I was working on extraction of sub-string from the beginning & at the end of the string. I experimented with and with out ".*"

$expr "ab1cd1efgfedcbaAAAA" : ".*\(1[a-l]*\)"  # Result: 1efgfedcba

$expr "ab1cd1efgfedcbaAAAA" : "\(1[a-l]*\)"    # No Result (1cd was expected)

$expr "ab1cd1efgfedcbaAAAA" : "\(ab1[a-l]*\)"    # Result: ab1cd

Why did't the 'expr' give result for the second substring search.

It can be seen that 'ab' had been prefixed to the substring in the third search. that is the only difference between 2nd and 3rd search. Perhaps i am missing something here.

How is the search performed by 'expr' ?


man expr says the "STRING : PATTERN" expression is "anchored", and then in the info page (info coreutils 'expr invocation') you can read:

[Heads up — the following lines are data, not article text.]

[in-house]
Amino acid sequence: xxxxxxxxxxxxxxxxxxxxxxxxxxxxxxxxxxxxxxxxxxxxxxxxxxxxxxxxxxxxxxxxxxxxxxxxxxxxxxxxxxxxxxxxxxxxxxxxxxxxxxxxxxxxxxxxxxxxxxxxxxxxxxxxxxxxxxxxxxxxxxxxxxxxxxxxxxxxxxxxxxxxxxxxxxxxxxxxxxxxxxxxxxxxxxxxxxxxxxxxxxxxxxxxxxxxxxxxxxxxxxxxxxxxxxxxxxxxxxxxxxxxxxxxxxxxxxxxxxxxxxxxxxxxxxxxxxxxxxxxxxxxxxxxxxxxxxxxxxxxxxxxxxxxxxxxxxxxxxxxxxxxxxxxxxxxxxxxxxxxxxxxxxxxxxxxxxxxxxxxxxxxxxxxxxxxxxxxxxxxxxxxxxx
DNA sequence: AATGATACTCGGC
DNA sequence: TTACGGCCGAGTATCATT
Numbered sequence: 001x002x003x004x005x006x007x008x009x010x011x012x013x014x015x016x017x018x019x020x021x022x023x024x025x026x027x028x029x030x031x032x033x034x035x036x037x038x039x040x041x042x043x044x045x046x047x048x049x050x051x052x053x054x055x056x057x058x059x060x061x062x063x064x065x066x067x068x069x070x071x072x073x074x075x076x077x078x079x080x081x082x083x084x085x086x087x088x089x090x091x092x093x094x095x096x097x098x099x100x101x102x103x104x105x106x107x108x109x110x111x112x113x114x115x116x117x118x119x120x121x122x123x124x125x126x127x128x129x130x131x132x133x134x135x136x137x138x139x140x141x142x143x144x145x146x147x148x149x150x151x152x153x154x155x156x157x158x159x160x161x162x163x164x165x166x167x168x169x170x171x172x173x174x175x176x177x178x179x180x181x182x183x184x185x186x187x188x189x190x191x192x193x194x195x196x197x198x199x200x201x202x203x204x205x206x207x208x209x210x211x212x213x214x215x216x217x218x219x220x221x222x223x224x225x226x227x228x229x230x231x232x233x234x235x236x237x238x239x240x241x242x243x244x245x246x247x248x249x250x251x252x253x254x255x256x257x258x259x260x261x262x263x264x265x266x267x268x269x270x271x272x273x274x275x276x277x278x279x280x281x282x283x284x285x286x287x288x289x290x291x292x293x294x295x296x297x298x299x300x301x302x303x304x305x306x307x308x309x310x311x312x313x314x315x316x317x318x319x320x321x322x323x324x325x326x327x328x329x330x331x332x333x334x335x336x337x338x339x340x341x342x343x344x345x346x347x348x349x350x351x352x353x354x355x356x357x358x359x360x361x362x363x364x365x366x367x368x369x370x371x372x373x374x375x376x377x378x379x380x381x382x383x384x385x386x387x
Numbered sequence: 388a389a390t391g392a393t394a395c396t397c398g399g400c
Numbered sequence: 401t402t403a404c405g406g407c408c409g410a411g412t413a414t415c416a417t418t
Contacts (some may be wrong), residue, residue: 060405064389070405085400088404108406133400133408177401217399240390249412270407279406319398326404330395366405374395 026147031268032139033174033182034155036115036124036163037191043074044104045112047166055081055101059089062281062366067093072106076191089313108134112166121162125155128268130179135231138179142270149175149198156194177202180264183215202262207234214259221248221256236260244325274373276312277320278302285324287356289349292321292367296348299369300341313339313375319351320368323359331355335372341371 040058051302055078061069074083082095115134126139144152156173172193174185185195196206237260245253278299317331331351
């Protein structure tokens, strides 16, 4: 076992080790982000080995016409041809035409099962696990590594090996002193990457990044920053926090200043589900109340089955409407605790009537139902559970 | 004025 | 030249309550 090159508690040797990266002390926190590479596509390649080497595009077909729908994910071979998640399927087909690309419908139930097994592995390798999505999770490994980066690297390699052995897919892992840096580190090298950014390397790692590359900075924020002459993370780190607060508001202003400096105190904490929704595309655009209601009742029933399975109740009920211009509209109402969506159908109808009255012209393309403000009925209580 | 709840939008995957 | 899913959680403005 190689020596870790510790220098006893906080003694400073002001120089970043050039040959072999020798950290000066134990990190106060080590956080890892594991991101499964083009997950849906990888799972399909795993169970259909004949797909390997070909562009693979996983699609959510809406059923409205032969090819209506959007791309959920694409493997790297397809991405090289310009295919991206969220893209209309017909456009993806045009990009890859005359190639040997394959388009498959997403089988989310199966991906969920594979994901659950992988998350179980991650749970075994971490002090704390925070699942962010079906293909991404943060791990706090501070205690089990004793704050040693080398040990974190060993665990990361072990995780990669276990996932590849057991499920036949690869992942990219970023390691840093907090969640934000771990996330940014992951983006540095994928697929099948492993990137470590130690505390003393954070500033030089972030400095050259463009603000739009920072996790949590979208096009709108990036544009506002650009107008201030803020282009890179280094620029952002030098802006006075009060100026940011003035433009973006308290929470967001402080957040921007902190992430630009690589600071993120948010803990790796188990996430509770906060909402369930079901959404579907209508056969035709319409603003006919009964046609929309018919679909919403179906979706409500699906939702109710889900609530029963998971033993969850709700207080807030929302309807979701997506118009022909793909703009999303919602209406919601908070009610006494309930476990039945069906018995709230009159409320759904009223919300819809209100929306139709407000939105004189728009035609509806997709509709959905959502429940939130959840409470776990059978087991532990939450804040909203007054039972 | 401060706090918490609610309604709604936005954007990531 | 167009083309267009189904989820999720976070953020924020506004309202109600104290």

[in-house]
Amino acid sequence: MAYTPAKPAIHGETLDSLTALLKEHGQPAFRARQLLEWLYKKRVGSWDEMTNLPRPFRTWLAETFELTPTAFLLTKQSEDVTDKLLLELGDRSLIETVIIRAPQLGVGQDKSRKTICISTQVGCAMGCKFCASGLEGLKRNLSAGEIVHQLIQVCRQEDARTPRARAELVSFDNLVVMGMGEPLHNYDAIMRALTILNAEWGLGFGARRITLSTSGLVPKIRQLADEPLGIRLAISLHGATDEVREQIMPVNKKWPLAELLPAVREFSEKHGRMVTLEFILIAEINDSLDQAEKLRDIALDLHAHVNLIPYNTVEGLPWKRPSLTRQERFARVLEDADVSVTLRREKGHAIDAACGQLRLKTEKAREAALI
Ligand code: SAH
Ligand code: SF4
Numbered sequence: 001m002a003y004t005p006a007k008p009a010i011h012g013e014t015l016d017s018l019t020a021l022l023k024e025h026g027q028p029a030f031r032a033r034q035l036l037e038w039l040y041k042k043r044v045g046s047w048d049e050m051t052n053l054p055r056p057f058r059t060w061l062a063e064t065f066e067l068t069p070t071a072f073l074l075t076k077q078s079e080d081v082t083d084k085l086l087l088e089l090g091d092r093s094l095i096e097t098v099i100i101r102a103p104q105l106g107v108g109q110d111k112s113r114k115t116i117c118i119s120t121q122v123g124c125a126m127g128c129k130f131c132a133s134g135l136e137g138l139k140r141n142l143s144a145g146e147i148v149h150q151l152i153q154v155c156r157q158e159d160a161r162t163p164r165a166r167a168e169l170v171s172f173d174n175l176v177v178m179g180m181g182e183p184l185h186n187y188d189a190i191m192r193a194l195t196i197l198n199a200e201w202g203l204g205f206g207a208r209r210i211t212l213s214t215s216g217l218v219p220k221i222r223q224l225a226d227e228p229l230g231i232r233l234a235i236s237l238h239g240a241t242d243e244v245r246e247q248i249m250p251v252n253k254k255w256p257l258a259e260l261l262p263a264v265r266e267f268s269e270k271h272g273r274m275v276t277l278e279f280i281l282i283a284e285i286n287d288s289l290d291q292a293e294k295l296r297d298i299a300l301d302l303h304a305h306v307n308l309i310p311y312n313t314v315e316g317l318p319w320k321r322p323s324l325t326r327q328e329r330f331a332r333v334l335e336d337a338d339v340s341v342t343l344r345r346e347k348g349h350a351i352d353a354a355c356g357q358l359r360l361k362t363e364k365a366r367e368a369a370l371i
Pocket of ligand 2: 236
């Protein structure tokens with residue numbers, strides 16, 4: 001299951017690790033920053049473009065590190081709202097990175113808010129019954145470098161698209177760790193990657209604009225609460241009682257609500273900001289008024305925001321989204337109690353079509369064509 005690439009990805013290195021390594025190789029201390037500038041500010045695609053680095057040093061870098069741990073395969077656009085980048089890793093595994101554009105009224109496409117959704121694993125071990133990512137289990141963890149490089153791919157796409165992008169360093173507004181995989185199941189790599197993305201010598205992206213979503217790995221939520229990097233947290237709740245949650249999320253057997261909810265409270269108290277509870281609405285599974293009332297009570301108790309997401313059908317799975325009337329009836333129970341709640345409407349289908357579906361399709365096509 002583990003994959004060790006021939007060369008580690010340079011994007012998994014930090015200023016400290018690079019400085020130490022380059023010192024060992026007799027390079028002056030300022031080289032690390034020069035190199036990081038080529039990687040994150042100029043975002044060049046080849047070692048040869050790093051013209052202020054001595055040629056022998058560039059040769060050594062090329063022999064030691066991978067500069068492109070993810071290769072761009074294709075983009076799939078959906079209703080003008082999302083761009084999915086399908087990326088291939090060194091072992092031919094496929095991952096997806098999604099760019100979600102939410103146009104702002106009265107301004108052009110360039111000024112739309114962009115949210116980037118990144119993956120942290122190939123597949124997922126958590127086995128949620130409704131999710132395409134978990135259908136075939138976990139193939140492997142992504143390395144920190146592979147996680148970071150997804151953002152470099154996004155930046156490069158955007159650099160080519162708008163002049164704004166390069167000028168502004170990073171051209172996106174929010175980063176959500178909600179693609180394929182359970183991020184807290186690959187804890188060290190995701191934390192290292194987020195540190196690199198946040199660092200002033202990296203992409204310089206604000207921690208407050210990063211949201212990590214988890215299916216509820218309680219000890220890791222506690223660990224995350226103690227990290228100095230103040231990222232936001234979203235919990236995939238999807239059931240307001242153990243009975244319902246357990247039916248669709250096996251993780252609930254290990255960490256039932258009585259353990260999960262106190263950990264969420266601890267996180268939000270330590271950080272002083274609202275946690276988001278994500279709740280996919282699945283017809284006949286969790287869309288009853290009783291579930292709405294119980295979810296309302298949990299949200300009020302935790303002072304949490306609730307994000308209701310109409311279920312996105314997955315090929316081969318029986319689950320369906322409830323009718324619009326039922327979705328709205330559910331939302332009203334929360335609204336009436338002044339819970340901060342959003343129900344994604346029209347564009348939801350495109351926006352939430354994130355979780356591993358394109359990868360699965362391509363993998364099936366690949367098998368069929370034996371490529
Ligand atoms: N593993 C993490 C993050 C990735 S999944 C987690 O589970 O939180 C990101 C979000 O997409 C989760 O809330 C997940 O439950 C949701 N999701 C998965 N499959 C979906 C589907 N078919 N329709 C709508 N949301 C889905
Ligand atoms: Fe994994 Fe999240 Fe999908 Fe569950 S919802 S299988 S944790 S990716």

Perform pattern matching.  The arguments are converted to strings
     and the second is considered to be a (basic, a la GNU `grep')
     regular expression, with a `^' implicitly prepended.  The first
     argument is then matched against this regular expression.

Which means the effect you see is expected behavior.

  • So does this mean that the REGEX search always starts from the beginning of the STRING ? Is there a way to search a substring from the middle of the string ? Dec 2 '15 at 10:59
  • There doesn't seem to be an option in expr for "not anchored" match. Depending on the system you are targetting, you can use your shell capabilities, sed, or awk to to do the same thing. Check mywiki.wooledge.org/BashFAQ/073 for some examples.
    – AlvaroGMJ
    Dec 2 '15 at 13:33

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